This CBS Sports Radio is different from the previous one, which was syndicator Dial Global’s (Westwood One) mostly game broadcasts with the CBS brand. The new CBS Sports Radio is a 24/7 sports talk network with no carriage of the four major pro sports at the outset. That’s no big deal for the KNBR twins since they have the Giants and 49ers. They’ll be fine, although I’m curious to see how much ESPN Radio remains in the lineup.

You may also remember that, back in March, Dial Global cut a deal with Entercom to switch its game broadcasts from KNBR to 95.7 The Game, coinciding with the NCAA tournament. Dial Global has the NFL, It’s additional sports programming to help bring in new listeners, though it’s not the same as landing a team like the Warriors or Raiders.

Turns out that Dial Global and NBC Sports are also launching their own network. They’ve announced a flurry of new hosts to fill their talk lineup, including the oft-traveled Erik Kuselias (meh) and former NY Giants (and De La Salle Spartan) Amani Toomer. Toomer’s show will be in the late night Eastern (10 PM – 1 AM ET) slot. Current NFL TV analyst Rodney Harrison will get his own weekend show. The interesting thing about NBC Sports Radio is its launch date: also September 4.

That lines up with The Game’s scheduled programming changes, which have a few details remaining to hash out. For now, Dial Global hasn’t said whether it’ll go whole hog with the NBC branding, but it stands to reason that it will. The name Dial Global has no recognition outside of the radio industry, and NBC has been thorough in having the NBC Sports moniker permeate all of its TV sports properties, from the former Versus network (now NBC Sports Network) to the Comcast SportsNets, which have NBC Sports as part of their tagline with every broadcast.

I’m merely connecting the dots, but it makes sense, doesn’t it? Come Tuesday, fifth tier Yahoo! Sports Radio will be ditched for NBC Sports Radio, which has much stronger recognition despite its startup status. Funny thing is that for decades, KNBR-680 was the NBC affiliate for Northern California, a stint that only ended as the station switched to the sports format full time. Throughout the 2000’s the A’s shuffled between CBS-owned affiliates before signing with The Game. Remember how I remarked how cozy the relationship was between The Game and CSN Bay Area/California? That may well have been a prelude to something much bigger. And there’s still the Warriors situation to shake out. September could be a banner month for 95.7, as The Game literally changes.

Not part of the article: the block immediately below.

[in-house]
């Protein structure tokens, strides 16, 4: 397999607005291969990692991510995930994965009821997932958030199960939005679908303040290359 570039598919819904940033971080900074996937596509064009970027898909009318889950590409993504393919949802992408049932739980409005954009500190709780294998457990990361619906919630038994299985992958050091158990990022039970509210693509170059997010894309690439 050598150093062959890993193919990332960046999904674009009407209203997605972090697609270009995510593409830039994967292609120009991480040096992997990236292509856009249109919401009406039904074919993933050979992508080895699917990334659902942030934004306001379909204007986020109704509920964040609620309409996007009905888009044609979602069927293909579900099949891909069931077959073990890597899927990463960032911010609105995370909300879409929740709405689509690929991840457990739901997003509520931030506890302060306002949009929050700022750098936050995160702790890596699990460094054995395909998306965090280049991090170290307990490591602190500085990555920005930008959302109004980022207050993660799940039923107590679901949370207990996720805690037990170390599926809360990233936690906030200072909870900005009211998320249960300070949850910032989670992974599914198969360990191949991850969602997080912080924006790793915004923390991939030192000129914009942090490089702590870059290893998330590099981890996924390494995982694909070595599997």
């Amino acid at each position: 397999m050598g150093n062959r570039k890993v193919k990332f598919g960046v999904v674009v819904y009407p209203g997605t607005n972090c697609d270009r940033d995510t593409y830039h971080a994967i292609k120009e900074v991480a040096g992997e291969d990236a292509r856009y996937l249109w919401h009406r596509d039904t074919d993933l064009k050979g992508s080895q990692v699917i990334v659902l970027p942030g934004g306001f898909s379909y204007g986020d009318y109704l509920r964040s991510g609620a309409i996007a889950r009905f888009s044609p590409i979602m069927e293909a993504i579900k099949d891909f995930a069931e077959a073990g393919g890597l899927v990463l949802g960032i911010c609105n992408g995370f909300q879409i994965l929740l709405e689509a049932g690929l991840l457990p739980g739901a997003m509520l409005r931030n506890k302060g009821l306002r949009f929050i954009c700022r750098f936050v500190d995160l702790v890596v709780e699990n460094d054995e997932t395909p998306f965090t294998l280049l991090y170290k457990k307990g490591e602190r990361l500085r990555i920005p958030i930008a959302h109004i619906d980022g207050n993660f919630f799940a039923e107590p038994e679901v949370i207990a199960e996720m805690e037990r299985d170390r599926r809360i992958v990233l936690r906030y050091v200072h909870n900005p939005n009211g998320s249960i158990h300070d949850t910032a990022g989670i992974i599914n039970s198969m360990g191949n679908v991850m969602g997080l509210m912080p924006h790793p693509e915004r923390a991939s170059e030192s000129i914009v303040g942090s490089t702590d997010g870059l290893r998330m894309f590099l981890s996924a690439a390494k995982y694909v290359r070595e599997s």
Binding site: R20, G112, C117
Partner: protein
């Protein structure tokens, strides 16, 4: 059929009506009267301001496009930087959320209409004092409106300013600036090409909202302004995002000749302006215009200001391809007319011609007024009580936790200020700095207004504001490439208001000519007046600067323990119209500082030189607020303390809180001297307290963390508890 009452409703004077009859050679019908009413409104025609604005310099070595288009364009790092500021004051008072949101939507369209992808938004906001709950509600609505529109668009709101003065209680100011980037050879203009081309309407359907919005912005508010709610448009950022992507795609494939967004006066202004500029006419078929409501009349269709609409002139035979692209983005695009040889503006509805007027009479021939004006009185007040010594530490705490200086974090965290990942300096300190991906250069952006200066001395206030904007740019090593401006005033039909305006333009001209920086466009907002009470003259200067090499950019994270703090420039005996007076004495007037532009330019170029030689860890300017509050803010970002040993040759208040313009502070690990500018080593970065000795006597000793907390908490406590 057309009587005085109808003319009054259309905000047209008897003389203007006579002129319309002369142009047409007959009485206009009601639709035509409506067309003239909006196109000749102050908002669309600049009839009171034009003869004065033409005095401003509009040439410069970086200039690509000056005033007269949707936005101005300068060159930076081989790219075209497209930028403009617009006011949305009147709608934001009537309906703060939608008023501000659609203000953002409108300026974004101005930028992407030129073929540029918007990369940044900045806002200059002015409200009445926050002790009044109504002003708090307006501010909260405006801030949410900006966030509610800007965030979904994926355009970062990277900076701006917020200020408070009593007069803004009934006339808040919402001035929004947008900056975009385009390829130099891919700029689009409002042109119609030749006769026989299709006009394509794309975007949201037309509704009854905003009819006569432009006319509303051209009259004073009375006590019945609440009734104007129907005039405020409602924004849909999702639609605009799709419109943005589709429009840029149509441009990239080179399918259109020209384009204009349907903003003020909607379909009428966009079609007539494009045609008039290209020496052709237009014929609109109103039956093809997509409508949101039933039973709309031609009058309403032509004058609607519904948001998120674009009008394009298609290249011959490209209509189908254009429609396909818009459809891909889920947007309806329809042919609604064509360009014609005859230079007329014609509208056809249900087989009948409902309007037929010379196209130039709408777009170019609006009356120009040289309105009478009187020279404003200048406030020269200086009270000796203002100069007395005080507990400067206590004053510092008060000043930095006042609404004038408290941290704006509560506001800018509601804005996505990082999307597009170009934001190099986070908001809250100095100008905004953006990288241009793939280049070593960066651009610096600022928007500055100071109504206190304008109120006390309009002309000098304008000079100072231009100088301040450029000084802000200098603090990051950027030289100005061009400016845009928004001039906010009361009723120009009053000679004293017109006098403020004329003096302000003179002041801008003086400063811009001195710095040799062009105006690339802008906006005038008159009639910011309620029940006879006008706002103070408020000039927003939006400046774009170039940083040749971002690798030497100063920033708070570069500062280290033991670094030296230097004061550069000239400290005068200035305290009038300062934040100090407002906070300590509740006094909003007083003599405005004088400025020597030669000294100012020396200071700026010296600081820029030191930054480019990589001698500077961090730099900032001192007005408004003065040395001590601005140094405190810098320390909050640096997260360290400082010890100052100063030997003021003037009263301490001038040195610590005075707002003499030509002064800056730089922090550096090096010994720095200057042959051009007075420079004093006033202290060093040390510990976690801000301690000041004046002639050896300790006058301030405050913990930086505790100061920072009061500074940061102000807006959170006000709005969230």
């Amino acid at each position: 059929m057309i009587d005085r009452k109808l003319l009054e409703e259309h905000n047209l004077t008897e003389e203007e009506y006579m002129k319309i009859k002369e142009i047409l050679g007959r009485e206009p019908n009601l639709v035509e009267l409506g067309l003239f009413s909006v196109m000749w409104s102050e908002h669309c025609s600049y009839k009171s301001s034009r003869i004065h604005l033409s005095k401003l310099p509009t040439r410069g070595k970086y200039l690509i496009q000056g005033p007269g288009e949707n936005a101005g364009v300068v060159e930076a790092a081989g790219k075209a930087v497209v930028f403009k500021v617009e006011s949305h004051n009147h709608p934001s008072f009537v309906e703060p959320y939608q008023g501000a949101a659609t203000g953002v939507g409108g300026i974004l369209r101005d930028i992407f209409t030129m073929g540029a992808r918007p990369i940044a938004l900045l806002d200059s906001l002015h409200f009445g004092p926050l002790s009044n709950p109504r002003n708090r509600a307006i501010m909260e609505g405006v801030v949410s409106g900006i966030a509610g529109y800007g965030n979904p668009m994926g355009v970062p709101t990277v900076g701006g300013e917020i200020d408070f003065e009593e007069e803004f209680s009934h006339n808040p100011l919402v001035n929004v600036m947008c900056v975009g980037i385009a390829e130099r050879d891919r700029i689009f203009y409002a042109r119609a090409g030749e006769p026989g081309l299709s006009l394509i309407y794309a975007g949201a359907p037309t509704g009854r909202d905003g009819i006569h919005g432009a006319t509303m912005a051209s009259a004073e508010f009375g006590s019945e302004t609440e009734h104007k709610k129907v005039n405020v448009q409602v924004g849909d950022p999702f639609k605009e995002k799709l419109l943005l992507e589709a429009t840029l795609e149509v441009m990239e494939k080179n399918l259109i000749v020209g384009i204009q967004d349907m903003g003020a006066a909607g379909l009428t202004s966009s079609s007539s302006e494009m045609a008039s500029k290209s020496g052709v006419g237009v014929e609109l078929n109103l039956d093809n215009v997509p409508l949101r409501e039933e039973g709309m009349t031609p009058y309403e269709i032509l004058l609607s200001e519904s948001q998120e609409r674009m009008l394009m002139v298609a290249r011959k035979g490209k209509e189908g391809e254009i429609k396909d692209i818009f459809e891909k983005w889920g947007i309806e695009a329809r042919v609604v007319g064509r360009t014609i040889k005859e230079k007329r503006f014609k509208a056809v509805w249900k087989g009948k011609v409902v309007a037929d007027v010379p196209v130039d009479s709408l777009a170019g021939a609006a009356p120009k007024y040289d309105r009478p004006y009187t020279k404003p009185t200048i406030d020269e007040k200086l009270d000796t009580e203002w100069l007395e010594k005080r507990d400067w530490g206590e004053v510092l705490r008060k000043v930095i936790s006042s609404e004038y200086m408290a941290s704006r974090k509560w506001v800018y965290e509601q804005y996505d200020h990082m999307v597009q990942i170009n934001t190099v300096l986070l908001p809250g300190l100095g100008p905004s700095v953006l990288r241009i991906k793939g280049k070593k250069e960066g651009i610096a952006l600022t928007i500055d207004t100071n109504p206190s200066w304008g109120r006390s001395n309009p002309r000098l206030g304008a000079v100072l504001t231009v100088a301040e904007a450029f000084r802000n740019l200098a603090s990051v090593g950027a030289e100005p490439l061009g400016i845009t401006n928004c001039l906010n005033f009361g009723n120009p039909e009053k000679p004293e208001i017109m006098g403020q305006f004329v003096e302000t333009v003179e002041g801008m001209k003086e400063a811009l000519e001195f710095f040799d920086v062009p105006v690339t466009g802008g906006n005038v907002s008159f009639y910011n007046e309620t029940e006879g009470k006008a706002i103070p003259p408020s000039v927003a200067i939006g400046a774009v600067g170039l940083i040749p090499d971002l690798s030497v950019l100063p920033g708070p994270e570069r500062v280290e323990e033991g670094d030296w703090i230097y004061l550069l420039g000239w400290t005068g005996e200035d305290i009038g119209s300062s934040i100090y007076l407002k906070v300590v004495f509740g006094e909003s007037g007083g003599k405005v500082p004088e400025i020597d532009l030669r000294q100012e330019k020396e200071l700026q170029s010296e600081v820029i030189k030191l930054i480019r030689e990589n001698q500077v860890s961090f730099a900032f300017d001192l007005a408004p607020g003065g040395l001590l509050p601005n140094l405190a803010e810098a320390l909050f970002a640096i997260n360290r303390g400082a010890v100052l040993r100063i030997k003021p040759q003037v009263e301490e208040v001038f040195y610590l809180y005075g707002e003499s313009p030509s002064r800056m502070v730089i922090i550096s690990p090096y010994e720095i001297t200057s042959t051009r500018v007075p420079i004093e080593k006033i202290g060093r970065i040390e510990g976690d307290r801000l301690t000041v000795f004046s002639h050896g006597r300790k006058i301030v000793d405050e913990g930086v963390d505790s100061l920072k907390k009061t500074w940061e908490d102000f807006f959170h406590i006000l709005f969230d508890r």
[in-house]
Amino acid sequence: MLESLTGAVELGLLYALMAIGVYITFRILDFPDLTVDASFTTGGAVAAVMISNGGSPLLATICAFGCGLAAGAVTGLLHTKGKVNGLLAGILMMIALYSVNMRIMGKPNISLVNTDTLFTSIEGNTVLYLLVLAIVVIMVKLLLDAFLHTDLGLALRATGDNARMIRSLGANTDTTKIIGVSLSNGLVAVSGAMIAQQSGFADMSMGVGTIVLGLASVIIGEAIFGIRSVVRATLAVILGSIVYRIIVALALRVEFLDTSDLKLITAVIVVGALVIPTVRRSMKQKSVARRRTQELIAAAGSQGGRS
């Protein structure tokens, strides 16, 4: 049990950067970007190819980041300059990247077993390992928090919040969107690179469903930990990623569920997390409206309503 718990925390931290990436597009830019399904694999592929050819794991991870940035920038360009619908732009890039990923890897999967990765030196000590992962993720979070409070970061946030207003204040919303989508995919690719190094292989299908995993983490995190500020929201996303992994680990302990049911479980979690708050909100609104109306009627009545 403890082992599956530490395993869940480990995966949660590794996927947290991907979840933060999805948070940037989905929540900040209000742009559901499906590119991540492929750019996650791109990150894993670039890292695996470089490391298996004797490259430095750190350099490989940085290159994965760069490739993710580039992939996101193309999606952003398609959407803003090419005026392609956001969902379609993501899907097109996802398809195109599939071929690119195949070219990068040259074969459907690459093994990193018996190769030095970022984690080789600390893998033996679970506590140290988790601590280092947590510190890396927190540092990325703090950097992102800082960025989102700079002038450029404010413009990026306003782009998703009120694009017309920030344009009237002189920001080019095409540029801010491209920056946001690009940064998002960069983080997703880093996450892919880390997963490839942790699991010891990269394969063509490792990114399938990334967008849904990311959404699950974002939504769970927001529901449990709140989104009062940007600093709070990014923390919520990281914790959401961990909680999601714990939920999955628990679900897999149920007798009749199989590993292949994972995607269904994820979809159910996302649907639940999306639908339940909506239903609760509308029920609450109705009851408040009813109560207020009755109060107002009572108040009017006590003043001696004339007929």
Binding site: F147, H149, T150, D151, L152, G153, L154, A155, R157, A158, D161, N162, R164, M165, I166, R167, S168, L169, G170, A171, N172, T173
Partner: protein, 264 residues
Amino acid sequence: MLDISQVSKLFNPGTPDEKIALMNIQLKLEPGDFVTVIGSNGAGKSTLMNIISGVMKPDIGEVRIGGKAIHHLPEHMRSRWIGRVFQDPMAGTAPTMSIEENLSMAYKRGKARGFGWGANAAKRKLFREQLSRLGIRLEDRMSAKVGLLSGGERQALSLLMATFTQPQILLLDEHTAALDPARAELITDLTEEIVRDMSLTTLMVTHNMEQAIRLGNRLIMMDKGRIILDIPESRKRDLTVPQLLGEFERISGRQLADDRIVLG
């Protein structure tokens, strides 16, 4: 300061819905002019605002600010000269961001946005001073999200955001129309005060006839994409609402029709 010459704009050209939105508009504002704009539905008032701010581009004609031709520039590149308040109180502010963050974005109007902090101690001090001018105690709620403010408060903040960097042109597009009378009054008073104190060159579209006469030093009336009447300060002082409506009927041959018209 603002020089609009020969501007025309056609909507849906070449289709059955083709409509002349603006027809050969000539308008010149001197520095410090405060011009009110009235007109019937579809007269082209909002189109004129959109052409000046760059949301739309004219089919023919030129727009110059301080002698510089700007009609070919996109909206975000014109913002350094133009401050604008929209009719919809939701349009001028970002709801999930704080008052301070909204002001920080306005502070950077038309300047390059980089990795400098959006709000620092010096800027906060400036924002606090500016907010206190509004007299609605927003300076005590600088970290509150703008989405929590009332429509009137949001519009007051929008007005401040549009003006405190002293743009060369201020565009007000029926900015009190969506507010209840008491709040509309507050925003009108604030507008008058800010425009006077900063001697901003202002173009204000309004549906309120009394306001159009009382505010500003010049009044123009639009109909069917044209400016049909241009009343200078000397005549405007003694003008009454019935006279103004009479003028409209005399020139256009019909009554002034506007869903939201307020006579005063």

The Game reshuffles the deck, are W’s next?

95.7 The Game had another of its “blockbuster” announcements today during The Wheelhouse, and for once there was actual news. The lineup is changing from 4 shows spanning 6 AM – 10 PM to 4 shows from 6 AM to 7 PM, starting after Labor Day.

  • The Rise Guys (unchanged): 6 AM – 10 AM
  • Townsend & Steinmetz: 10 AM – 12 PM
  • The Wheelhouse (Lund & Papa, no rotating co-host): 12 PM – 3 PM
  • The Drive (Tierney & TBA co-host): 3 PM – 7 PM

Listeners are asking what happened to The Chris Townsend Show from 7-10. I think the answer is simple. The Warriors have been rumored to be talking to Entercom about switching from KNBR to The Game, so to properly accommodate W’s games and pre/post-game programming they had to move things around. Using the old schedule with Townsend from 6 to 10, he’d be preempted several times a week by the W’s during the fall/winter and then daily with the A’s. The 7 PM slot is plum when it isn’t being preempted, when it is you get Damon Bruce moving to 1050 after years of frustration.

Making Steinmetz a permanent host would seem to be clincher. He’s a good basketball analyst, though unfortunately he’s pretty bad or inattentive to other sports. Having Steinmetz on is good from a “morning after” analysis standpoint, and Townsend can deftly handle the other sports. The curious thing about the change is that the slot is only two hours, which is not unheard of in other markets but in the Bay Area is unusual. Seems like it would make more sense to shorten the morning show to 9 and give Townsend-Steinmetz 9-noon.

The 7 PM slot is a bit of a mystery. I could see rotating shows for the football teams and maybe a college football show, unless the station wanted to go cheap and use Yahoo! Sports programming. It’s also possible that Townsend could do double-duty with the 10-12 slot and night slot since he’s done it in the past. You’d think that if that were the case The Game would’ve announced it. Warriors broadcasts plus postgame will preempt regular programming for at least an hour 50-60 times throughout the season, and if the W’s go to the playoffs that number is sure to grow.

Ratings for the San Francisco market dating back to November 2011

Change is afoot, and Entercom clearly needs to ink deals to lift the station. The Warriors haven’t announced a radio partner yet and we’re only six weeks away from the first preseason game. The next move seems obvious.

News for 8/10/12